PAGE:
- Improve short-term cash flow: Don’t wait until you’re between a rock and a hard place – sell non-essential assets and try to encourage early payments.
- Seek supplier solutions: Get on the same page and create a win-win scenario that will help both your business, suppliers and customers.
- Get your bank involved: With an updated forecast of your financial position, your bank is more likely to cooperate in helping your business on advantageous terms.
- Reduce operating costs (if possible): Carefully review your entire operations to see how you can trim back on costs and drive more efficiencies across the business.
- Risk management: Due to the sudden increase in remote working, IT security, insurance, and human utilisation are more important than ever.
- Keep an eye on productivity: Falling productivity rates are a possibility in the transition to remote working. Look to adopting technology to help you review your employees’ work and their day to day requirements.
- Employee leave: Depending on your situation, your liability could benefit from your staff taking leave, be it long service leave, annual, or unpaid. Minimising redundancies is crucial to protecting cash flow.
Without a positive cash flow position, businesses will find it hard to survive in the current climate, so planning ahead and being proactive will ultimately help you react faster and make better business decisions.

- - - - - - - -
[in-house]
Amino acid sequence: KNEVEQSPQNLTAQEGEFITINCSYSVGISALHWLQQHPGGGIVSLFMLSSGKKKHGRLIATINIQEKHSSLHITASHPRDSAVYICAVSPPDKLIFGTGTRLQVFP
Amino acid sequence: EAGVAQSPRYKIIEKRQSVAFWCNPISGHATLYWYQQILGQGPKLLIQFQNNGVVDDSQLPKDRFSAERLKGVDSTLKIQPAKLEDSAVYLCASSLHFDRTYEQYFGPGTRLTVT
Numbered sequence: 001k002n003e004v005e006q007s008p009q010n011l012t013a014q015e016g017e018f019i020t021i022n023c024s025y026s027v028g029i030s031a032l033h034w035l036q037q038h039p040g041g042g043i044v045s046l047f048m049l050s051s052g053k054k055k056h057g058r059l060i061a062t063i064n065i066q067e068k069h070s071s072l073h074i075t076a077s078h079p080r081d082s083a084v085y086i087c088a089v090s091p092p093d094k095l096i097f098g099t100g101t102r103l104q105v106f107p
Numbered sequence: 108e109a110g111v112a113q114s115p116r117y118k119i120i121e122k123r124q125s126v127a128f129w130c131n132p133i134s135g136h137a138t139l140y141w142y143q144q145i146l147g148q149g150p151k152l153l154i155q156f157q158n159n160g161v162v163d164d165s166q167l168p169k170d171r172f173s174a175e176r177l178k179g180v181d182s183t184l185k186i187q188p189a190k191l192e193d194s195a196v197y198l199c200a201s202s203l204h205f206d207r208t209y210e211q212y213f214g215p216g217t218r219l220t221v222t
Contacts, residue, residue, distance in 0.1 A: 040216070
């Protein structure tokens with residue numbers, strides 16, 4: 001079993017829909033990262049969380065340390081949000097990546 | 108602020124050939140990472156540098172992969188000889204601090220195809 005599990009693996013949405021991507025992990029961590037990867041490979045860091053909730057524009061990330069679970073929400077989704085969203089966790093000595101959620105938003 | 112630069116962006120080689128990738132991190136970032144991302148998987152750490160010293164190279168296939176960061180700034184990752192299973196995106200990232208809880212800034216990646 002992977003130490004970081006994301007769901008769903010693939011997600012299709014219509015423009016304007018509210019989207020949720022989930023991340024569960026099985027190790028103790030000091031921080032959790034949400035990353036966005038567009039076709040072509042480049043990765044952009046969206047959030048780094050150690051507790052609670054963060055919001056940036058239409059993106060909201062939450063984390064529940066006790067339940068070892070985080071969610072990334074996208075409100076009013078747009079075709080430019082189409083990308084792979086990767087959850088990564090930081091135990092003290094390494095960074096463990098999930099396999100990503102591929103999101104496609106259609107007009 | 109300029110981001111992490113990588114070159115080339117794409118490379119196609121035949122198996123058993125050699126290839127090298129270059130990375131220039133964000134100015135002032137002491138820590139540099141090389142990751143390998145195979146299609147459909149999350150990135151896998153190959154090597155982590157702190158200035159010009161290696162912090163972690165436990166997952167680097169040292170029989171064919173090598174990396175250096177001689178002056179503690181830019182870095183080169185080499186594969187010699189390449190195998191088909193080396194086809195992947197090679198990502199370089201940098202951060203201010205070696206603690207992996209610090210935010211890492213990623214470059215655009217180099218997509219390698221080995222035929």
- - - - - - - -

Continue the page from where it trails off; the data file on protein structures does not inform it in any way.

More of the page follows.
Scenario-based cash flow forecasting and management should be your first step. Your business will be in a much stronger position to weather the storm of the impacts of COVID-19 and give you the foundations of business growth post the pandemic.
About Marshall Freeman
Marshall Freeman is Australia’s leading debt collectors and recovery specialists. We have been servicing over 20,000 businesses throughout Australia for over 15 years, which has set the foundation of deploying industry-leading knowledge and collection techniques that simply delivers results that are unrivalled. Whether you need assistance with slow payers or collection of bad debt, we offer a transparent and stress-free collection process that makes your debt a priority to get you paid faster.